Monday, February 15, 2016

How US politicians play the media with ‘dead cats’.

 In the run up to the UK General Election in 2015, with the Labour party gaining head steam, the chips looked like falling for its leader Ed Milliband — a doppler-type figure aiming to be somewhere between Bernie Sanders and Roger Ramjet — edging into Downing Street.

Labour’s advisors, following a series of political Harry Houdinis — 100 business leaders were rubbishing Milliband in the conservative-partisan Telegraph — were to play an ace card.
Anyone living abroad, the wealthy and tax evaders, were about to be carpeted. Milliband announced he was scrapping a loophole in the law that enabled “non-domiciled” UK residents to avoid paying any tax on foreign income.
Canny political calculations, his advisors noted, would give Labour at least three days of headlines, effectively controlling the news agenda and picking up more steam amongst the electorate.
The Conservative party knew it too and played one of their most dastardly campaign strategies. One of the conservative’s more respected politicians, Defence Secretary Michael Fallon, presented in the media as a mild mannered person, did a Trump. Sorry mate the Brits got their first.
In PR terms it’s called a ‘Dead Cat’, a strategy coined by Australian strategist Lynton Crosby, who was hired to be the Conservative’s campaign director. Simply put, imagine you’re at a dinner with your family. You’re winning the argument about why Bobby, your brother should not be going out with friends in Mum’s car when he’s five times over the drinking limit. Then Bobby puts his hand under the table and the next thing places a dead cat on the table. What happens next?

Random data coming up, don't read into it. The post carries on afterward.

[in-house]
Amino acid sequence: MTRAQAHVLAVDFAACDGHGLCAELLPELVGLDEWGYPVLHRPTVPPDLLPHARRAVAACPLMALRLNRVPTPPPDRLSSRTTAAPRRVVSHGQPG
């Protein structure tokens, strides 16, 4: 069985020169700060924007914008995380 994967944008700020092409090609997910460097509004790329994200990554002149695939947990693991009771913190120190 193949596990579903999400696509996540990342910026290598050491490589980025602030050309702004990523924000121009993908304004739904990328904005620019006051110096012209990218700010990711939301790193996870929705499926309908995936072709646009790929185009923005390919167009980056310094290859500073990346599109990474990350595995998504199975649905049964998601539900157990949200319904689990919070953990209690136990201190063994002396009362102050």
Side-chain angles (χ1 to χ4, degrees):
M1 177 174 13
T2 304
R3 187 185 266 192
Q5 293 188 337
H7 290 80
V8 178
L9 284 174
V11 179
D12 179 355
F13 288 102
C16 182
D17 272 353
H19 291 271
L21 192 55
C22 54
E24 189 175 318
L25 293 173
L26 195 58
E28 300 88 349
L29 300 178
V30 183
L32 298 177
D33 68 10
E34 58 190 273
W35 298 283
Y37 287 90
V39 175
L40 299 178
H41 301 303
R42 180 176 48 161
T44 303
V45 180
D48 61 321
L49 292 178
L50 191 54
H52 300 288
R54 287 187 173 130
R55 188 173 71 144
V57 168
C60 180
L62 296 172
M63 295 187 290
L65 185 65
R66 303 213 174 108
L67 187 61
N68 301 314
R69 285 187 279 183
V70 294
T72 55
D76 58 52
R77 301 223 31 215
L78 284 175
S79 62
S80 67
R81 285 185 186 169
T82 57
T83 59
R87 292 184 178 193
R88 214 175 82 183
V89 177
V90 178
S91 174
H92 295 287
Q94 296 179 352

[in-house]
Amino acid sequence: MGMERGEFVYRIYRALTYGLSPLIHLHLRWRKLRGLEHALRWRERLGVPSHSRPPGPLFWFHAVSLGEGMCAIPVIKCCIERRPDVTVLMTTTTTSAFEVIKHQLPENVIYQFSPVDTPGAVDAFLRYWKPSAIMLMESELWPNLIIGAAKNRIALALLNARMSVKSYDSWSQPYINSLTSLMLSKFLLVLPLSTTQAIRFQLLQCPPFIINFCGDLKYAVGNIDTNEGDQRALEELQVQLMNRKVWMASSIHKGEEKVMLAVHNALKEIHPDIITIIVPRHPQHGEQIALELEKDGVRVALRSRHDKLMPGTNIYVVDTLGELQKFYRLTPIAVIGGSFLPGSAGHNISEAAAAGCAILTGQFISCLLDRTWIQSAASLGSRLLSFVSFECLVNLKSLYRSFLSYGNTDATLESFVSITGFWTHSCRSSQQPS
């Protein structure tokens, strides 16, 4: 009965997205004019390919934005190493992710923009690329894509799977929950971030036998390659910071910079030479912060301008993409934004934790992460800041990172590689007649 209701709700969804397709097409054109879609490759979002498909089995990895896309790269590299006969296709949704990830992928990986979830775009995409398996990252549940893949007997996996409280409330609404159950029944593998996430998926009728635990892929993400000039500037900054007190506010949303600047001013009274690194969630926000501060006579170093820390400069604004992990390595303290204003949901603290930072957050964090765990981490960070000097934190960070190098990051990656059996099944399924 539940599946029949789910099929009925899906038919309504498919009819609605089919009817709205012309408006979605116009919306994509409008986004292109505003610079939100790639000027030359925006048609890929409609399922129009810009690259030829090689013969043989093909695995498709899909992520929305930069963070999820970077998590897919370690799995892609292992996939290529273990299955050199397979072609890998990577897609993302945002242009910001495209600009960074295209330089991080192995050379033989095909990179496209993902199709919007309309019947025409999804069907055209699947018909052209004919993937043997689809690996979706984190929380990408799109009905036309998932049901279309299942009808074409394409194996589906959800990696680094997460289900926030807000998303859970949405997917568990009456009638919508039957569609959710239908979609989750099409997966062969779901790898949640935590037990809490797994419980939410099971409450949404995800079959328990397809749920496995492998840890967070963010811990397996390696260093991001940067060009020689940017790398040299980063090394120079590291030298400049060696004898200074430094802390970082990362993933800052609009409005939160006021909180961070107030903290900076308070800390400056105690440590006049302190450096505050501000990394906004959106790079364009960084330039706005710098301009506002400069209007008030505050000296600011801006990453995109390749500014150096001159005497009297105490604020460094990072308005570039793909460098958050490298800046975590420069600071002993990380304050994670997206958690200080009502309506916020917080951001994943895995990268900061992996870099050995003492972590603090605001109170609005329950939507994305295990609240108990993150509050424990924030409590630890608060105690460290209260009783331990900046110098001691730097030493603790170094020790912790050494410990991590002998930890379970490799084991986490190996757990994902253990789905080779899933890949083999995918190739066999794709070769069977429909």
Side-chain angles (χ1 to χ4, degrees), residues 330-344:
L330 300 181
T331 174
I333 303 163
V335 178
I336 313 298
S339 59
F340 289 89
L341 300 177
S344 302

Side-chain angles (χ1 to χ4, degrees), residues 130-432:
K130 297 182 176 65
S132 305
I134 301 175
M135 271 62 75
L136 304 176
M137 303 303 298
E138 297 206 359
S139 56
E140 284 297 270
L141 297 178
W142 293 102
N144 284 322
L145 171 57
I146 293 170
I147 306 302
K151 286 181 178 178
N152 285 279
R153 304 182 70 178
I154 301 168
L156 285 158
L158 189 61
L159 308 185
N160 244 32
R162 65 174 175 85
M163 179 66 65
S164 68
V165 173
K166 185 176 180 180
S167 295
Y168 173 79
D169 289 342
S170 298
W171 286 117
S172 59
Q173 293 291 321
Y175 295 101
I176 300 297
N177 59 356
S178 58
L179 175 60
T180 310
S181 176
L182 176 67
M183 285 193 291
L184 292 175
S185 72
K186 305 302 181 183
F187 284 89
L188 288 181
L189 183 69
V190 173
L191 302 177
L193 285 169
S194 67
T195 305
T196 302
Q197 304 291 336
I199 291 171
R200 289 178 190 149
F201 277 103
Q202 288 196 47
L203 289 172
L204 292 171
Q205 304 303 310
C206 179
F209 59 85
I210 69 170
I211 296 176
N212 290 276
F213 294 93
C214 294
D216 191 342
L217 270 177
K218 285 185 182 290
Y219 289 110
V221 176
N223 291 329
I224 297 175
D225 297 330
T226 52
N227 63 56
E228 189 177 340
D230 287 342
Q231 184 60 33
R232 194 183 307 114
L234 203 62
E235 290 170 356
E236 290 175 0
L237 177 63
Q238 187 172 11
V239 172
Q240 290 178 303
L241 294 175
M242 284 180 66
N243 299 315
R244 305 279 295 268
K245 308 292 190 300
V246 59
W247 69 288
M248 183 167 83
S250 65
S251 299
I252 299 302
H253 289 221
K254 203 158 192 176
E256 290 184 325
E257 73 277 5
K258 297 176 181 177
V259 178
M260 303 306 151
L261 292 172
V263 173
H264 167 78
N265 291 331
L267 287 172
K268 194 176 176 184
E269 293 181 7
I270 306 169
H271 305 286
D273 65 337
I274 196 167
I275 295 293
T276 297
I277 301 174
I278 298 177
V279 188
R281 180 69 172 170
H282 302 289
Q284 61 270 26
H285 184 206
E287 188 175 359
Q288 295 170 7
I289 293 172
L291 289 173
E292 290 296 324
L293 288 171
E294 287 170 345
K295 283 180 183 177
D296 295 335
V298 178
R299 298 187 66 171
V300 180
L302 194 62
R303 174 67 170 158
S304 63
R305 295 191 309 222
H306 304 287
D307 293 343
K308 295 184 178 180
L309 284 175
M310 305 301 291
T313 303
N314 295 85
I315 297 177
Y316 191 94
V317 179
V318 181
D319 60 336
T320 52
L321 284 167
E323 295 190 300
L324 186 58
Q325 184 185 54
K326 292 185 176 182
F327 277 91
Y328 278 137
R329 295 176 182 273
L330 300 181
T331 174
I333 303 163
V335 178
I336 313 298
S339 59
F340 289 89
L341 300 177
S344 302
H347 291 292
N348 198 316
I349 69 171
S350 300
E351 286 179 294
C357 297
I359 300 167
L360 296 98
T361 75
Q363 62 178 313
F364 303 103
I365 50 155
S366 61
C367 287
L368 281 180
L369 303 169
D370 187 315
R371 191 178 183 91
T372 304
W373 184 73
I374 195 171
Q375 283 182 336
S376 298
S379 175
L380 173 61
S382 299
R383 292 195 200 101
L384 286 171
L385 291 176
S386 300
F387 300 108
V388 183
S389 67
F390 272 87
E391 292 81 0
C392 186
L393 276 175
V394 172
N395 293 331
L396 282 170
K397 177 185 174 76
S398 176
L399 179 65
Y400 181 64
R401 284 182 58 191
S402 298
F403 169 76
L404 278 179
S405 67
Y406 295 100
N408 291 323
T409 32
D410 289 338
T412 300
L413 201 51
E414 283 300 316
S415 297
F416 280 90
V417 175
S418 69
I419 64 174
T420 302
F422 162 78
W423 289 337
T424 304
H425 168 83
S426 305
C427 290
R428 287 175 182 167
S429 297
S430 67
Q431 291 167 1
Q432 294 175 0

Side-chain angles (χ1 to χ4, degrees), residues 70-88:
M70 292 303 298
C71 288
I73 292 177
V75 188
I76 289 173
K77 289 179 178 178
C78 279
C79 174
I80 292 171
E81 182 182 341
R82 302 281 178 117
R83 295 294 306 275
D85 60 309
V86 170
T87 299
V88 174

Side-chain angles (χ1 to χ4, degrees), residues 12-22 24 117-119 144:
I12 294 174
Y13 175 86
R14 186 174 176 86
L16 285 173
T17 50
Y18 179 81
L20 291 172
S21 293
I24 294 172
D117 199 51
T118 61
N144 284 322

Everybody stops talking about Bobby’s traits and screams, ‘There’s a dead cat on the table’. For the forseaable future it’s all about the dead moggy.
For Labour, Fallon crowed to the media that Milliband was unfit to be Prime Minister because he had stabbed his brother in the back in winning the party leadership. He couldn’t be trusted.
It was an outrageous comment axiomatic with Trumpisms. Labour knew it. Some advisors, it’s said, even quietly admired the chutzpah. The Conservative’s knew it. And the media knew it too. But the collegiate village-environment of mainstream media couldn’t resist the bait.
Milliband’s initiative had been pole-axed and the media led for a series of days with the Labour leader’s lack of integrity and Fallon’s bromide comments. For as long as Trump’s campaign has been running, the reality TV star who knows how the media function has been placing one dead cat on the table after another. And the media has proved inept to see through them.
Being out of the limelight has its draw backs, so Trump’s dead cats serve to re-orientate the media’s gaze on him, providing him with the oxygen to be nicey-nicey with his audience, play the media victim, shape-shift to his audience’s preferences, before teeing up the next cat.